Nutritional Information for Apples
“AN APPLE A DAY KEEPS THE DOCTOR AWAY” so why not load up on 3 per day? Eating more whole fruit is one of the best ways to help prevent cancer. Apples are bursting with antioxidants.
Benefits of Apples
Cancer Prevention Benefits
Many cell studies have taken compounds from apples and tested them against different cancer cell lines. Pink lady apples in particular contain flavonoids that can reduce oxidation, as well as cancer growth in the colon and breast cancer cells. It appears that the peel of the apple has the most antioxidant power, which makes sense because the bright pink colored skin reveals its potency. Other apples, like crabapples, have been found to target lung, liver, and colon cancer cells. Large population studies have found that men who eat more fruits and vegetables may have less risk of overall cancer.
Men's Health Benefits
Men grubbing on a variety of plant foods, including apples, may have a much lower risk of developing type 2 diabetes. Here is the breakdown of plant foods and amounts eaten per day: one-third of a small apple, ¼ cup of cabbage, ⅛ cup oatmeal, 3.5 slices or more rye bread and just a little more than half of a small carrot. By taking all of these steps, men reduced chances of getting diabetes by 38%. Now that is certainly not many fruits and vegetables! Apples also seem to help lower cholesterol and have a fat-burning effect. Both the fiber and polyphenols from apples have been tested separately and appear to help lower cholesterol. In women, apple-eaters tend to live longer.
Ways to Use Apples
- Whole fruit is always best and there’s nothing wrong with eating whole apples. Sometimes the very thought of chompin’ into a big apple is just too much. I bet you money if it were cut into pieces and set out more in the house everyone would eat more apples! Try cutting them and leaving in the fridge.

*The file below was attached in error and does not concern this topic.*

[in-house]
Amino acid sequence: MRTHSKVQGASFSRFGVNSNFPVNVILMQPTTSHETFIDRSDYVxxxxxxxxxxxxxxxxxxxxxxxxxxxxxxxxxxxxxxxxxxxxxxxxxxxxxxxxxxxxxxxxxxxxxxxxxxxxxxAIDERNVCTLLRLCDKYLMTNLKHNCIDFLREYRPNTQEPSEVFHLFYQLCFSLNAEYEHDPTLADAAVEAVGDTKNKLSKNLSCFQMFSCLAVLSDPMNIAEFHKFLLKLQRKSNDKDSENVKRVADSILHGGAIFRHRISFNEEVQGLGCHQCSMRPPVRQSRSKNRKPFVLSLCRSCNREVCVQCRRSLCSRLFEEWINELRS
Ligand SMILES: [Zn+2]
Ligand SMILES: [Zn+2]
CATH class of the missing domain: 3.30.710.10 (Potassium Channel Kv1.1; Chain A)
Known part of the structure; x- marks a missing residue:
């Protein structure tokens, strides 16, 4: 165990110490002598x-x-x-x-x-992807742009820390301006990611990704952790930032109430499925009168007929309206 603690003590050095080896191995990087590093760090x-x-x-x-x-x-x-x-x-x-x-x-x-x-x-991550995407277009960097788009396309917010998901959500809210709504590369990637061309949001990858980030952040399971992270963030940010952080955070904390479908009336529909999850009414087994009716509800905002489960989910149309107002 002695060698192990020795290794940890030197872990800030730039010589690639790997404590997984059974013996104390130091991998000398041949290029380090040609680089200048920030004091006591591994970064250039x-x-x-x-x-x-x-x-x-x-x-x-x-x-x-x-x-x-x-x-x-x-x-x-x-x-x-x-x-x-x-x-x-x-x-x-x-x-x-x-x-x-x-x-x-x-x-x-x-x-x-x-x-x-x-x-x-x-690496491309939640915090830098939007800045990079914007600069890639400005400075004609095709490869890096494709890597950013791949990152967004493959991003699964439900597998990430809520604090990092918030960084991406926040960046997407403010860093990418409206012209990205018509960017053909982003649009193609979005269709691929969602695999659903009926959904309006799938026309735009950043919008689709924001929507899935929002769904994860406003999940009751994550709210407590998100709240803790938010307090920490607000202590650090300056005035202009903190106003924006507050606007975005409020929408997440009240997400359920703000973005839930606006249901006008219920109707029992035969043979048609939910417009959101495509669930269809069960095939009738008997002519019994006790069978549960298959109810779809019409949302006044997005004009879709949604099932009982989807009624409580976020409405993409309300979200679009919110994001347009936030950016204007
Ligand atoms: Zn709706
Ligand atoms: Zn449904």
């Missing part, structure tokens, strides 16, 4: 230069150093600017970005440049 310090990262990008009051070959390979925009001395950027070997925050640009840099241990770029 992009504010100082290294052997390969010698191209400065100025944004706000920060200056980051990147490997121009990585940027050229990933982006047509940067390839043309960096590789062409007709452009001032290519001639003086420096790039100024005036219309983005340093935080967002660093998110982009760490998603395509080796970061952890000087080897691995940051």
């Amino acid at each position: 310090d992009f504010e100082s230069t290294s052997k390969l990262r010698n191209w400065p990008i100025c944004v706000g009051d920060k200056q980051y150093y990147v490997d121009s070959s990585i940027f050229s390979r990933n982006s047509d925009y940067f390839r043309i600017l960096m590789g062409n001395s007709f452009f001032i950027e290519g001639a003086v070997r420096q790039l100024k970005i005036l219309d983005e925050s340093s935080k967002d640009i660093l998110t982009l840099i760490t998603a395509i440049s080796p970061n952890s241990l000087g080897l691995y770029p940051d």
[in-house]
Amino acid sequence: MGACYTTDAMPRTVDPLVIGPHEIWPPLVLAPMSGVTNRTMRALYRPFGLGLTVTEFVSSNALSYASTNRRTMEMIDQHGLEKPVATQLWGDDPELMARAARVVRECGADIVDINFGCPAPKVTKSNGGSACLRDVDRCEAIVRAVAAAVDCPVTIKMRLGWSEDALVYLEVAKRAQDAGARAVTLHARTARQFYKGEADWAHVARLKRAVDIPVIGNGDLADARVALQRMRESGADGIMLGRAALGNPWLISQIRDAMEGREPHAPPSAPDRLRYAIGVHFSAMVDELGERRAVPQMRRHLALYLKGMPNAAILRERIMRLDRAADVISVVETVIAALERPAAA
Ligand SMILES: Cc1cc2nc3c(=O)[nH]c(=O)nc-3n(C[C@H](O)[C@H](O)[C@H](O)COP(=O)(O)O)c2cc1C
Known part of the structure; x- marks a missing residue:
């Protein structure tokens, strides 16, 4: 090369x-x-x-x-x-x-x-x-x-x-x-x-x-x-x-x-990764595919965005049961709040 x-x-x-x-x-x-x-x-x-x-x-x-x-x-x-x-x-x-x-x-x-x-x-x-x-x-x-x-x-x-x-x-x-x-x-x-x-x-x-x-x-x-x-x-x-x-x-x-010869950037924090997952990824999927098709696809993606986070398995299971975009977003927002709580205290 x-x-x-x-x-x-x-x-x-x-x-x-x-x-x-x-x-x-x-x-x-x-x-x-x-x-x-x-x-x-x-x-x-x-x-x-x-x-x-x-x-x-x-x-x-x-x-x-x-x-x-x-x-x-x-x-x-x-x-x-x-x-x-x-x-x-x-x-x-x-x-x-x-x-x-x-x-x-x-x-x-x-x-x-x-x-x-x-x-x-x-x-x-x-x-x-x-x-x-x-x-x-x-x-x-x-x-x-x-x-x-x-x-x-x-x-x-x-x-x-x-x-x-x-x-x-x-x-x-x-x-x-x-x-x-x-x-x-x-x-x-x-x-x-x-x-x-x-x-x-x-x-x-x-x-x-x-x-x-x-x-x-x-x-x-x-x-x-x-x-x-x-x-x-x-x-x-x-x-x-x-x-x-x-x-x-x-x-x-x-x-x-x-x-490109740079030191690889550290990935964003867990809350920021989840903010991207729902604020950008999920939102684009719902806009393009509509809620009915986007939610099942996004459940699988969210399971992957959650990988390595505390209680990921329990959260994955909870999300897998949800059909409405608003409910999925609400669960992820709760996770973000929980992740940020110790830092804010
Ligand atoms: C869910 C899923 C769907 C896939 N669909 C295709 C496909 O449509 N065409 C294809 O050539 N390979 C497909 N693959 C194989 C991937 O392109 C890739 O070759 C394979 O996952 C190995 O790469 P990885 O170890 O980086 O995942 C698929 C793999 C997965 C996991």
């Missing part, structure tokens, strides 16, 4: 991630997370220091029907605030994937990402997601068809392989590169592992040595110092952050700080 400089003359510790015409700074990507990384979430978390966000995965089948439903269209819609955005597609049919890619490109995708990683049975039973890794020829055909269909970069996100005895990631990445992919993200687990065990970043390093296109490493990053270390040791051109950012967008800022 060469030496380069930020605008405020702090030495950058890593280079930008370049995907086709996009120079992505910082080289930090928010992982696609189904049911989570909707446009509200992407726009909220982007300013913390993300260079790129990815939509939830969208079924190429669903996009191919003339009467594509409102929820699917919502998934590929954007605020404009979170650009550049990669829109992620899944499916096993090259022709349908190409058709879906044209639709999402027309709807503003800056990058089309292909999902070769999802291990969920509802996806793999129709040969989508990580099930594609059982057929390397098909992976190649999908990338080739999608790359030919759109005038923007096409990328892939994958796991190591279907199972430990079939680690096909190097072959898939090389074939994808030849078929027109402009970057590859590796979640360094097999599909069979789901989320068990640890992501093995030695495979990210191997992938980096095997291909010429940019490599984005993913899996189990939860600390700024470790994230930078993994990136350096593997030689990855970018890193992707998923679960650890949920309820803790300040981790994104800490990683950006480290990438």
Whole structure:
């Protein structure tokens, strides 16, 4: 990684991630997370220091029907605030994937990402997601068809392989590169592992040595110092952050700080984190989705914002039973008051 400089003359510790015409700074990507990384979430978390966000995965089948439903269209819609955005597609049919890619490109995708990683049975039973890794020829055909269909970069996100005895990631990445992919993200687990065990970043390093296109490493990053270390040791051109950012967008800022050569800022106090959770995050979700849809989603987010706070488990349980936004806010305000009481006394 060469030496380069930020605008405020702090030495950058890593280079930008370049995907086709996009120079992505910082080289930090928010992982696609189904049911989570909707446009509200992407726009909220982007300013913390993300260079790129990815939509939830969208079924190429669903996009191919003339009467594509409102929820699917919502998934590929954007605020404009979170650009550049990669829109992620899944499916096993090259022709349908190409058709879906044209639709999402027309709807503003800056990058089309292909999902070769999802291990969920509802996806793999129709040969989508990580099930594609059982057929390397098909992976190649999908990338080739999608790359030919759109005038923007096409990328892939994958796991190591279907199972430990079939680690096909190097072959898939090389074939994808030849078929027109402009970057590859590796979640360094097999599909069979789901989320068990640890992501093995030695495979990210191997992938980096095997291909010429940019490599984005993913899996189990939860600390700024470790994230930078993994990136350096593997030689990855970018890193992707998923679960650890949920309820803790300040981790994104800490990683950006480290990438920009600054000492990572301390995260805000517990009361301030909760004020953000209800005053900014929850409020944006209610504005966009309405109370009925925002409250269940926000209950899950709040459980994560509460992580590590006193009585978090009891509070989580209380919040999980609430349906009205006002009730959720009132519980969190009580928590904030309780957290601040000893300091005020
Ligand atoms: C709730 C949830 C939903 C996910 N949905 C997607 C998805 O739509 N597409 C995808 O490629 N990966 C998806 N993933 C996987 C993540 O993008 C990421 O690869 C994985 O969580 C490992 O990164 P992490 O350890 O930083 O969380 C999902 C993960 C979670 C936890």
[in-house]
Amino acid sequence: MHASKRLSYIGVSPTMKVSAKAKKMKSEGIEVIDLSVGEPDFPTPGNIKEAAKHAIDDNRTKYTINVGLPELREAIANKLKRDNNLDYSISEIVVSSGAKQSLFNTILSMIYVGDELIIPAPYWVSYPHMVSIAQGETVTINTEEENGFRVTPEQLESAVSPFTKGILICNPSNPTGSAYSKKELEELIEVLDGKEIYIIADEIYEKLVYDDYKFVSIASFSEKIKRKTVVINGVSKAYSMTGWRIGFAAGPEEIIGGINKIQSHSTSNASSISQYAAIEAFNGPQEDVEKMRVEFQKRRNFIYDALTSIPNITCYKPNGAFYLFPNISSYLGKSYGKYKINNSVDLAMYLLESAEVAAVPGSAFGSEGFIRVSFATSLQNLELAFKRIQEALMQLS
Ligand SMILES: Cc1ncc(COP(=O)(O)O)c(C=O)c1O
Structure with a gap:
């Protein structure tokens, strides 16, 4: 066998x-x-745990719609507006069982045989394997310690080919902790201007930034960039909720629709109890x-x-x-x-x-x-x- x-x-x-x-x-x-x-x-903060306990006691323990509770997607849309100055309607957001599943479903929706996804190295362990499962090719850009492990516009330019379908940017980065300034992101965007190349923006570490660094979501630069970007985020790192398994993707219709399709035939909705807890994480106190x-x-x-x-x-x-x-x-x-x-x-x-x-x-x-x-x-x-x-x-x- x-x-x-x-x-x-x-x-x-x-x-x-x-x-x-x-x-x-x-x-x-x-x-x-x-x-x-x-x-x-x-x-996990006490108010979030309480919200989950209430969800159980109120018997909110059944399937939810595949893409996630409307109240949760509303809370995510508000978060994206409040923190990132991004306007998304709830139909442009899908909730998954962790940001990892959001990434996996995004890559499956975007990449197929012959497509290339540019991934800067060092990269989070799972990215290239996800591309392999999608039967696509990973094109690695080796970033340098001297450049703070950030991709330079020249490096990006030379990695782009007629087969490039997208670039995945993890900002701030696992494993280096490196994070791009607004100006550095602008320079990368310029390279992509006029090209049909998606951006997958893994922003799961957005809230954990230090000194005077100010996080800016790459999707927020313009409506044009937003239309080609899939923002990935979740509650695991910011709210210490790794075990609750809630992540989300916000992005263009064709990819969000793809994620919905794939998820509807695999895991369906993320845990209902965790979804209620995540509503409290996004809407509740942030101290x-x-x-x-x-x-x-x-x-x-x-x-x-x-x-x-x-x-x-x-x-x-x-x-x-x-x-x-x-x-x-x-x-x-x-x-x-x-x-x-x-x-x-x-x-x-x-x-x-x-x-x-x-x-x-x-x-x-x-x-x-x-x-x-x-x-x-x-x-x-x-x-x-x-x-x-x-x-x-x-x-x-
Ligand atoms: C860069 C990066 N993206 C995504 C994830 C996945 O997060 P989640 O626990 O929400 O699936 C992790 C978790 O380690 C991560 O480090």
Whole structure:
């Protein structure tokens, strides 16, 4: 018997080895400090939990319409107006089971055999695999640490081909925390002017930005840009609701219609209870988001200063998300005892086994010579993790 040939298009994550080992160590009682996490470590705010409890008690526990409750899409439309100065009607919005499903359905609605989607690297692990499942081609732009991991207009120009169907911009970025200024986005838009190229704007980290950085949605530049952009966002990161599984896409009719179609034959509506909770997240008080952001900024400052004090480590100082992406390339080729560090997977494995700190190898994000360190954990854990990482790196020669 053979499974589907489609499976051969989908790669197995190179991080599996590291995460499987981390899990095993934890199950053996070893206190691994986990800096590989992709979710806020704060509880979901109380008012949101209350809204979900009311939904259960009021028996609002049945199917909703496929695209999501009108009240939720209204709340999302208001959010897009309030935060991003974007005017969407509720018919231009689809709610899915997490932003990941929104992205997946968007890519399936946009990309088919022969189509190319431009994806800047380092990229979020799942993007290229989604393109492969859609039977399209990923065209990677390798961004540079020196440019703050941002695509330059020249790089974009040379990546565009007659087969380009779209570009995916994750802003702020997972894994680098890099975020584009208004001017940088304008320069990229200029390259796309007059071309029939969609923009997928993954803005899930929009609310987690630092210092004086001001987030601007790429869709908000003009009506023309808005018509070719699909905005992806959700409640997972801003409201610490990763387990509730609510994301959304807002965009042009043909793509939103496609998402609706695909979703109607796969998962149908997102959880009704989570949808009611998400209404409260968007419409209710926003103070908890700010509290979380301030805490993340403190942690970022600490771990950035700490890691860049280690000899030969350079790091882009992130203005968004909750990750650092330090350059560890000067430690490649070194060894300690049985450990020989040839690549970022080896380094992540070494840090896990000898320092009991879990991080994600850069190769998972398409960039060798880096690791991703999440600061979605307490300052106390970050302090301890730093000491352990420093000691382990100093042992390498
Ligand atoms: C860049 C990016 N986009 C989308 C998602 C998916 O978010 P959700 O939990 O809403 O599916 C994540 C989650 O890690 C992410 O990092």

- Dip in peanut butter or another nut butter (almond, cashew, etc.
- Make a fruit salad with leftovers.
- Slice and place in dehydrated to make Apple Chips.
- Add thinly sliced apples to a green salad.
- Cook apples with pitted dates, cinnamon, and a small amount of water. Use this for an oatmeal topping or enjoy it on it’s own!
Resources for Apples
American Institute for Cancer Research: www.aicr.org
“Foods that Fight Cancer” from AICR: Apples
Nutrition Facts: www.NutritionFacts.org
Physicians Committee: www.pcrm.org
USDA Nutrient Database: Apples
- Hodgson JM, Prince RL, Woodman RJ. et al. Apple intake is inversely associated with all-cause and disease-specific mortality in elderly women. Br J Nutr. 2016;20:1-8.
- Boffetta P, Couto E, Wichmann J, et al. Fruit and vegetable intake and overall cancer risk in the European Prospective Investigation into Cancer and Nutrition (EPIC).J Natl Cancer Inst. 2010;102(8):529-37.
- Yang S, Zhang H, Yang X, Zhu Y, Zhang M. Evaluation of antioxidative and antitumor activities of extracted flavonoids from Pink Lady apples in human colon and breast cancer cell lines. Food Funct. 2015;6(12):3789-98.
- Qin X, Xing YF, Zhou Z, Yao Y. Dihydrochalcone Compounds Isolated from Crabapple Leaves Showed Anticancer Effects on Human Cancer Cell Lines. Molecules. 2015;20(12):21193-203.
- Lacoppidan SA, Kyrø C, Loft S, et al. Adherence to a Healthy Nordic Food Index Is Associated with a Lower Risk of Type-2 Diabetes–The Danish Diet, Cancer and Health Cohort Study. Nutrients. 2015;7(10):8633-44.
- Nagasako-Akazome Y, Kanda T, Ohtake Y, Shimasaki H, Kobayashi T. Apple polyphenols influence cholesterol metabolism in healthy subjects with relatively high body mass index. J Oleo Sci. 2007;56(8):417-28.
- Chai S, Hooshmand S, Saadat R, et al. Daily apple versus dried plum: impact on cardiovascular disease risk factors in postmenopausal women. J Acad Nutr Diet. 2012;112(8):1158-68.